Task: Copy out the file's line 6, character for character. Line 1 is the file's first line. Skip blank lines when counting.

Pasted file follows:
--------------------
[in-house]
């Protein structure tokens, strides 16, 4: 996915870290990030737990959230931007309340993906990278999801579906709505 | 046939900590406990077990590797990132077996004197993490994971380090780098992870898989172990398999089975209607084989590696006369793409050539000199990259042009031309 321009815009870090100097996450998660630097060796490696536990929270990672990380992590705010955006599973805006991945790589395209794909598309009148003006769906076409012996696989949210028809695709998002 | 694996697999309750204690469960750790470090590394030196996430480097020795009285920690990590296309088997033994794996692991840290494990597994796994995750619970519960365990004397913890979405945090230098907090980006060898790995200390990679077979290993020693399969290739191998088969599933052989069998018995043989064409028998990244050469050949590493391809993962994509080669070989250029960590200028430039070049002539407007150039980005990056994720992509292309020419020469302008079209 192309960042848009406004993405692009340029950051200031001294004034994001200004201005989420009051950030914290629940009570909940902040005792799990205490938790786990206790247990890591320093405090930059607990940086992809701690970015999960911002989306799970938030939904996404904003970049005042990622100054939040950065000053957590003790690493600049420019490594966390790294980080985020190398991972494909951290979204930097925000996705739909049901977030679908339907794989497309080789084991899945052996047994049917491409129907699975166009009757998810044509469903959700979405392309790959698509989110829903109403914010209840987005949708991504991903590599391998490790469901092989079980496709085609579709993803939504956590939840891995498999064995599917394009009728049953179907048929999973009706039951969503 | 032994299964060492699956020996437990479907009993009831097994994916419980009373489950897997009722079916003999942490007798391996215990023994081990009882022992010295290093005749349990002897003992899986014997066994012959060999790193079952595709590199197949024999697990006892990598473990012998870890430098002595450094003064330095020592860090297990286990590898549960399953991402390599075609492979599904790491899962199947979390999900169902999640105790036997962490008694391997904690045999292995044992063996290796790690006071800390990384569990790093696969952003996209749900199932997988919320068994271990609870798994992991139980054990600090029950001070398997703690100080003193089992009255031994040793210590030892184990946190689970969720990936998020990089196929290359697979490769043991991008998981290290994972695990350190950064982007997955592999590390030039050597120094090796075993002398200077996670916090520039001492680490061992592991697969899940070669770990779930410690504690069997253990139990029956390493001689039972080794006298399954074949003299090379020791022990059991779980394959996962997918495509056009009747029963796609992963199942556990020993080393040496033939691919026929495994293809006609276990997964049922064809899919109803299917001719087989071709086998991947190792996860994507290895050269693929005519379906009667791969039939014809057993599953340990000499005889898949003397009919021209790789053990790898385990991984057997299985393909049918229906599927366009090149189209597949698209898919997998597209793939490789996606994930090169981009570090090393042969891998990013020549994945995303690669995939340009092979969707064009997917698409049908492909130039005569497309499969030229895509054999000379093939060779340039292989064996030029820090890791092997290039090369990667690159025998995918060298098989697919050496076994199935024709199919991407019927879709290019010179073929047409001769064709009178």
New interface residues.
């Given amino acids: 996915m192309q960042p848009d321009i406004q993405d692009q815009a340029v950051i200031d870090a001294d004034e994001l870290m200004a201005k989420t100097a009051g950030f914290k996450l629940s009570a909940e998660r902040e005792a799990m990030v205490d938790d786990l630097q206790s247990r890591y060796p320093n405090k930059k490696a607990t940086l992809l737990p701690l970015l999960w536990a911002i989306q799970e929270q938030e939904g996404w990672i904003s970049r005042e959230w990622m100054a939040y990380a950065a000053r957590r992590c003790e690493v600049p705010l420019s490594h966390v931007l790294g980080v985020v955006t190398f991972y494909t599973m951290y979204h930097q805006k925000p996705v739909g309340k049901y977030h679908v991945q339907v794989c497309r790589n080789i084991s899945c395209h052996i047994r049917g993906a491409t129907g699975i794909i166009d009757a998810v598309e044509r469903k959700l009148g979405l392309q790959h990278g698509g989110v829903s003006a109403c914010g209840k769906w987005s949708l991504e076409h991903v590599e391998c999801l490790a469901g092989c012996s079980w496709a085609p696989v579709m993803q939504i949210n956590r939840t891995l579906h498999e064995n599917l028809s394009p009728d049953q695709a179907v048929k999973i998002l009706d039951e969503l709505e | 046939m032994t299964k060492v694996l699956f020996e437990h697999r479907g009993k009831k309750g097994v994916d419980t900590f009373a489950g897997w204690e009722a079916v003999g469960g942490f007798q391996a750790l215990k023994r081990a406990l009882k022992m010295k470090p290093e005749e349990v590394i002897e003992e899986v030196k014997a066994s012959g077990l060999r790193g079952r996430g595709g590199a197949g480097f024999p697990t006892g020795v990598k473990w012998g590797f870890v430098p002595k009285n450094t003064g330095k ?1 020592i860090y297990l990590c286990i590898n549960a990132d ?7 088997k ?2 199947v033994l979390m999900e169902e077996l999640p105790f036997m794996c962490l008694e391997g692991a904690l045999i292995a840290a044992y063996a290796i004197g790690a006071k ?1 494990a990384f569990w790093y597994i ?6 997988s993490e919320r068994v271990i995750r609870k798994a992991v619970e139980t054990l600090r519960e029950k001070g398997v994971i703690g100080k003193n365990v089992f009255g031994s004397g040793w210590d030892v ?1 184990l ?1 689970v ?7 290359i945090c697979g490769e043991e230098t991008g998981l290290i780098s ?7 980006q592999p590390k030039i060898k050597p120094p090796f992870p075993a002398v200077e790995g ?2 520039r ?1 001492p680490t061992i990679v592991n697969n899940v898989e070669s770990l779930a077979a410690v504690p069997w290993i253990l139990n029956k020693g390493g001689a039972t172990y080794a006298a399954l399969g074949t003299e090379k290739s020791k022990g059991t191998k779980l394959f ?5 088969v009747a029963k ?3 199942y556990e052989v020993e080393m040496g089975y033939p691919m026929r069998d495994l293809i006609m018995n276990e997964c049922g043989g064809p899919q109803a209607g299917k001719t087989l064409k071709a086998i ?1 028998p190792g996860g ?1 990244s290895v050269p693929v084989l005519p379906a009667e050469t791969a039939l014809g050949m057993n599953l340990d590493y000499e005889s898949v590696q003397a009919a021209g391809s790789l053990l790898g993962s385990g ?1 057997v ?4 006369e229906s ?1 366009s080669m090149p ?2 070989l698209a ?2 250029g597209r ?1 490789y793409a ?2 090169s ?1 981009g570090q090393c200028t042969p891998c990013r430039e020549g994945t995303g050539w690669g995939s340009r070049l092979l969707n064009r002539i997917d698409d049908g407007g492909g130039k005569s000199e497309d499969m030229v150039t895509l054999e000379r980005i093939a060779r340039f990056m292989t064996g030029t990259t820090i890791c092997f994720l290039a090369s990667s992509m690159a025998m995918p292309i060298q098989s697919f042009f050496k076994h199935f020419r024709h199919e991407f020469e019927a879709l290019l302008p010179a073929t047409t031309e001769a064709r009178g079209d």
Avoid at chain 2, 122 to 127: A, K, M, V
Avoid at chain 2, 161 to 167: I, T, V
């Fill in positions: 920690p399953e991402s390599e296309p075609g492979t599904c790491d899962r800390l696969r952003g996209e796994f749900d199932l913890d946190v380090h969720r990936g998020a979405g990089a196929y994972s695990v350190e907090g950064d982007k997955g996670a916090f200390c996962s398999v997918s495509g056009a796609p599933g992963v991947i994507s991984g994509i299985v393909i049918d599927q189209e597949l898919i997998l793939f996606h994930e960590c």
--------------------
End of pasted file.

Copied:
Avoid at chain 2, 161 to 167: I, T, V